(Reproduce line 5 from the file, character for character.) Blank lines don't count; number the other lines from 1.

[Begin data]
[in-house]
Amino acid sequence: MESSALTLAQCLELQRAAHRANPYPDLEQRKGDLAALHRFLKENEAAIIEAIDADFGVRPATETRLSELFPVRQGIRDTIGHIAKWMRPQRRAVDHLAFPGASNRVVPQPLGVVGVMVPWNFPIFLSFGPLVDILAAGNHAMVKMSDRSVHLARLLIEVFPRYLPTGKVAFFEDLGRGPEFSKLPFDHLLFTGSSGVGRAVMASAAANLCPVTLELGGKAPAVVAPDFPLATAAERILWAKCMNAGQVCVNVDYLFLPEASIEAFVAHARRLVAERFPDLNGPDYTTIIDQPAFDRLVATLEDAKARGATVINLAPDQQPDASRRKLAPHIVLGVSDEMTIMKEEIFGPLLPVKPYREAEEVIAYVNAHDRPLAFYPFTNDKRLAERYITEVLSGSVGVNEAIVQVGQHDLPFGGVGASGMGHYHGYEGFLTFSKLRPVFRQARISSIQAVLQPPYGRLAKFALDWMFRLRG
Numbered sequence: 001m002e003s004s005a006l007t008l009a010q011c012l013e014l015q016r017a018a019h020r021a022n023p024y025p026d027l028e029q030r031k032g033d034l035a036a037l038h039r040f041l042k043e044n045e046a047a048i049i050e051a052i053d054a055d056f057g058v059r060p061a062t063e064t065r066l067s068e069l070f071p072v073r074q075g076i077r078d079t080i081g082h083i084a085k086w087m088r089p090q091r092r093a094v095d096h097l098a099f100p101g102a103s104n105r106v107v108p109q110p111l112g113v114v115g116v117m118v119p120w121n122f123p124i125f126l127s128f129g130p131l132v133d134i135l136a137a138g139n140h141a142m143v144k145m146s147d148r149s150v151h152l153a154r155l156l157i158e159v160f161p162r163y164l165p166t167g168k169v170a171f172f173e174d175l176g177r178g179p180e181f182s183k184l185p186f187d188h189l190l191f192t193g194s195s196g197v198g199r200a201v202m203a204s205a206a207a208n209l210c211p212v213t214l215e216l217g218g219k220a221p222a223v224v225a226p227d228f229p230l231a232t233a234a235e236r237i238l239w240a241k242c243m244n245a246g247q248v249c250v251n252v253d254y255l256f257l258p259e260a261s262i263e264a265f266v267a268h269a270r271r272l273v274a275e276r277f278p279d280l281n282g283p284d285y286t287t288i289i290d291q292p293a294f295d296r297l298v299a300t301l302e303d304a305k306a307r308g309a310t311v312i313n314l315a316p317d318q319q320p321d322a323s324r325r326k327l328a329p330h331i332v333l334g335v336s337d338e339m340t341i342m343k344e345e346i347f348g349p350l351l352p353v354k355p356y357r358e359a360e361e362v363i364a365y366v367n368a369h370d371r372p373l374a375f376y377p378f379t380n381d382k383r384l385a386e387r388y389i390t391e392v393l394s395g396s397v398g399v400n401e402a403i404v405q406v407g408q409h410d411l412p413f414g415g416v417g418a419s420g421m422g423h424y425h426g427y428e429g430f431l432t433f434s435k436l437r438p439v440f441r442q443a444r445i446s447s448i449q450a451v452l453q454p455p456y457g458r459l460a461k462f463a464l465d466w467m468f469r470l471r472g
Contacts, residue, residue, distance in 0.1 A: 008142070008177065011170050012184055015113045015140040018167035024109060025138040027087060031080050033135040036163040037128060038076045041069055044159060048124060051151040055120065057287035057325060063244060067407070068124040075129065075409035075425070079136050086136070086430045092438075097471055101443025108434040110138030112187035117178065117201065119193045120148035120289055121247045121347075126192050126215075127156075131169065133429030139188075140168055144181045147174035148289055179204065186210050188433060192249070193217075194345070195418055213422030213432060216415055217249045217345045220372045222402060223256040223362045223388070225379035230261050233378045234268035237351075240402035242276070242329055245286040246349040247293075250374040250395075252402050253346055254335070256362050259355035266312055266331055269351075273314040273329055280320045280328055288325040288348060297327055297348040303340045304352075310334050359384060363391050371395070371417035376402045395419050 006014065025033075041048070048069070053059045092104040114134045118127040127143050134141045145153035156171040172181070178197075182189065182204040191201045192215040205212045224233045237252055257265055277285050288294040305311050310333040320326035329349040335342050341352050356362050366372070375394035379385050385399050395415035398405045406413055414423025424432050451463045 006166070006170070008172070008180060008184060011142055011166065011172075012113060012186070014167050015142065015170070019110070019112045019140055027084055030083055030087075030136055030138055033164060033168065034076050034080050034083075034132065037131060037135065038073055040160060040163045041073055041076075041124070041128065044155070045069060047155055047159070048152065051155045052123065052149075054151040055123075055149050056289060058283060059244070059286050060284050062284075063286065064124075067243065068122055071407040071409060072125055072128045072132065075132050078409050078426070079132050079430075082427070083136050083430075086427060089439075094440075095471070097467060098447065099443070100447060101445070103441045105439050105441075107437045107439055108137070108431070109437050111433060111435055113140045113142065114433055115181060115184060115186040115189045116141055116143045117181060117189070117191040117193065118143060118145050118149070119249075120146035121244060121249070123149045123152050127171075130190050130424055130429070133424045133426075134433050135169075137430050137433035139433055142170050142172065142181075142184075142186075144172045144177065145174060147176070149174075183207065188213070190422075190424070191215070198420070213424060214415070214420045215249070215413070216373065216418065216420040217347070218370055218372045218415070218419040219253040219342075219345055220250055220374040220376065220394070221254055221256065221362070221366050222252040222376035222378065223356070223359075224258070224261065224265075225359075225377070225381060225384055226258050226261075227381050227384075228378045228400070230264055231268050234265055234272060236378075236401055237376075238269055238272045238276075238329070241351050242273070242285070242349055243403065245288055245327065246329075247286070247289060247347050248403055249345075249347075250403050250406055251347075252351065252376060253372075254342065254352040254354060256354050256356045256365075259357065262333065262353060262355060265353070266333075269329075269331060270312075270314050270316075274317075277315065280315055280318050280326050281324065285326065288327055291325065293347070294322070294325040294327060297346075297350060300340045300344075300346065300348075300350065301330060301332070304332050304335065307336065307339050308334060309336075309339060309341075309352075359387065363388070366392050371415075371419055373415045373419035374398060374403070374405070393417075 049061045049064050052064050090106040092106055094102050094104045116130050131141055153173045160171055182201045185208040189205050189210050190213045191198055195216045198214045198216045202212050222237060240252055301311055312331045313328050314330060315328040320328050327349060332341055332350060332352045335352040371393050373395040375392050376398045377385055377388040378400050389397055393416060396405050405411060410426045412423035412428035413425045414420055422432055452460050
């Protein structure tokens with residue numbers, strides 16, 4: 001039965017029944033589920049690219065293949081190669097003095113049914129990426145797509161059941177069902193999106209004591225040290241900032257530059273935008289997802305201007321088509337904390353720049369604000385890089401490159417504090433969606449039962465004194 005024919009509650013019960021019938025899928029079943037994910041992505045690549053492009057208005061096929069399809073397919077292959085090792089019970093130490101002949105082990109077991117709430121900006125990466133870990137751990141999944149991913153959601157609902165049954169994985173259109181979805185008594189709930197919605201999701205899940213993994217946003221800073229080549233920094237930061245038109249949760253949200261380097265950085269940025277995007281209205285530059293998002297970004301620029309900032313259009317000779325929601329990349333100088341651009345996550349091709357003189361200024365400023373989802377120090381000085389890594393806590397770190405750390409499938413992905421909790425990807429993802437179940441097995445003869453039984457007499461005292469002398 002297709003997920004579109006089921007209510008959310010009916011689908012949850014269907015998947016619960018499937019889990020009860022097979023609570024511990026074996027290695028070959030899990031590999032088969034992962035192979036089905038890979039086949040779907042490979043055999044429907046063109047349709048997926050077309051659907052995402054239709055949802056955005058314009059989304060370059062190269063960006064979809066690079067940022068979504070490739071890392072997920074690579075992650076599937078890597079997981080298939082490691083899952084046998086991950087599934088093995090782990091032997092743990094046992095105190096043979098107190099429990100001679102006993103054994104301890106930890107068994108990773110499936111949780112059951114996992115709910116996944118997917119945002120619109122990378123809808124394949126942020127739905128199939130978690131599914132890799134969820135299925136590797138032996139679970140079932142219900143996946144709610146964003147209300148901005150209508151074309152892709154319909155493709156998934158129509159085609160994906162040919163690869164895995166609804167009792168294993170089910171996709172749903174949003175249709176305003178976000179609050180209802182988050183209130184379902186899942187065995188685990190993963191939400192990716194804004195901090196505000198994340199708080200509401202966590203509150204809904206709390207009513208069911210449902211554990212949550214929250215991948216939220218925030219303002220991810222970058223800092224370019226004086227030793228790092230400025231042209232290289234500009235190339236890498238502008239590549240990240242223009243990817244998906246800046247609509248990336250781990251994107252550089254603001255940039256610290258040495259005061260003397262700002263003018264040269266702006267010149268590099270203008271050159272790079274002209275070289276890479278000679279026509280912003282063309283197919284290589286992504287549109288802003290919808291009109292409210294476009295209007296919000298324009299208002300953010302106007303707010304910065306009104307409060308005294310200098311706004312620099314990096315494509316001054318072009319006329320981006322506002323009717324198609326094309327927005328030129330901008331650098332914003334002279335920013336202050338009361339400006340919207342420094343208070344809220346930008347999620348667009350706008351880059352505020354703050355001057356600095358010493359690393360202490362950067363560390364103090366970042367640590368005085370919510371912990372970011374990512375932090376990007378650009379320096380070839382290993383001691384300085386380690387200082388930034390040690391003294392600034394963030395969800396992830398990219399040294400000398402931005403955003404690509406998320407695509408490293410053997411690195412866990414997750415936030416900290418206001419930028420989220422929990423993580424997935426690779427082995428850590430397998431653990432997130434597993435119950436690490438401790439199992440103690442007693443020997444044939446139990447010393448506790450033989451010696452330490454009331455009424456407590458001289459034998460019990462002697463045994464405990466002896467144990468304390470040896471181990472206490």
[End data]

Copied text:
């Protein structure tokens with residue numbers, strides 16, 4: 001039965017029944033589920049690219065293949081190669097003095113049914129990426145797509161059941177069902193999106209004591225040290241900032257530059273935008289997802305201007321088509337904390353720049369604000385890089401490159417504090433969606449039962465004194 005024919009509650013019960021019938025899928029079943037994910041992505045690549053492009057208005061096929069399809073397919077292959085090792089019970093130490101002949105082990109077991117709430121900006125990466133870990137751990141999944149991913153959601157609902165049954169994985173259109181979805185008594189709930197919605201999701205899940213993994217946003221800073229080549233920094237930061245038109249949760253949200261380097265950085269940025277995007281209205285530059293998002297970004301620029309900032313259009317000779325929601329990349333100088341651009345996550349091709357003189361200024365400023373989802377120090381000085389890594393806590397770190405750390409499938413992905421909790425990807429993802437179940441097995445003869453039984457007499461005292469002398 002297709003997920004579109006089921007209510008959310010009916011689908012949850014269907015998947016619960018499937019889990020009860022097979023609570024511990026074996027290695028070959030899990031590999032088969034992962035192979036089905038890979039086949040779907042490979043055999044429907046063109047349709048997926050077309051659907052995402054239709055949802056955005058314009059989304060370059062190269063960006064979809066690079067940022068979504070490739071890392072997920074690579075992650076599937078890597079997981080298939082490691083899952084046998086991950087599934088093995090782990091032997092743990094046992095105190096043979098107190099429990100001679102006993103054994104301890106930890107068994108990773110499936111949780112059951114996992115709910116996944118997917119945002120619109122990378123809808124394949126942020127739905128199939130978690131599914132890799134969820135299925136590797138032996139679970140079932142219900143996946144709610146964003147209300148901005150209508151074309152892709154319909155493709156998934158129509159085609160994906162040919163690869164895995166609804167009792168294993170089910171996709172749903174949003175249709176305003178976000179609050180209802182988050183209130184379902186899942187065995188685990190993963191939400192990716194804004195901090196505000198994340199708080200509401202966590203509150204809904206709390207009513208069911210449902211554990212949550214929250215991948216939220218925030219303002220991810222970058223800092224370019226004086227030793228790092230400025231042209232290289234500009235190339236890498238502008239590549240990240242223009243990817244998906246800046247609509248990336250781990251994107252550089254603001255940039256610290258040495259005061260003397262700002263003018264040269266702006267010149268590099270203008271050159272790079274002209275070289276890479278000679279026509280912003282063309283197919284290589286992504287549109288802003290919808291009109292409210294476009295209007296919000298324009299208002300953010302106007303707010304910065306009104307409060308005294310200098311706004312620099314990096315494509316001054318072009319006329320981006322506002323009717324198609326094309327927005328030129330901008331650098332914003334002279335920013336202050338009361339400006340919207342420094343208070344809220346930008347999620348667009350706008351880059352505020354703050355001057356600095358010493359690393360202490362950067363560390364103090366970042367640590368005085370919510371912990372970011374990512375932090376990007378650009379320096380070839382290993383001691384300085386380690387200082388930034390040690391003294392600034394963030395969800396992830398990219399040294400000398402931005403955003404690509406998320407695509408490293410053997411690195412866990414997750415936030416900290418206001419930028420989220422929990423993580424997935426690779427082995428850590430397998431653990432997130434597993435119950436690490438401790439199992440103690442007693443020997444044939446139990447010393448506790450033989451010696452330490454009331455009424456407590458001289459034998460019990462002697463045994464405990466002896467144990468304390470040896471181990472206490």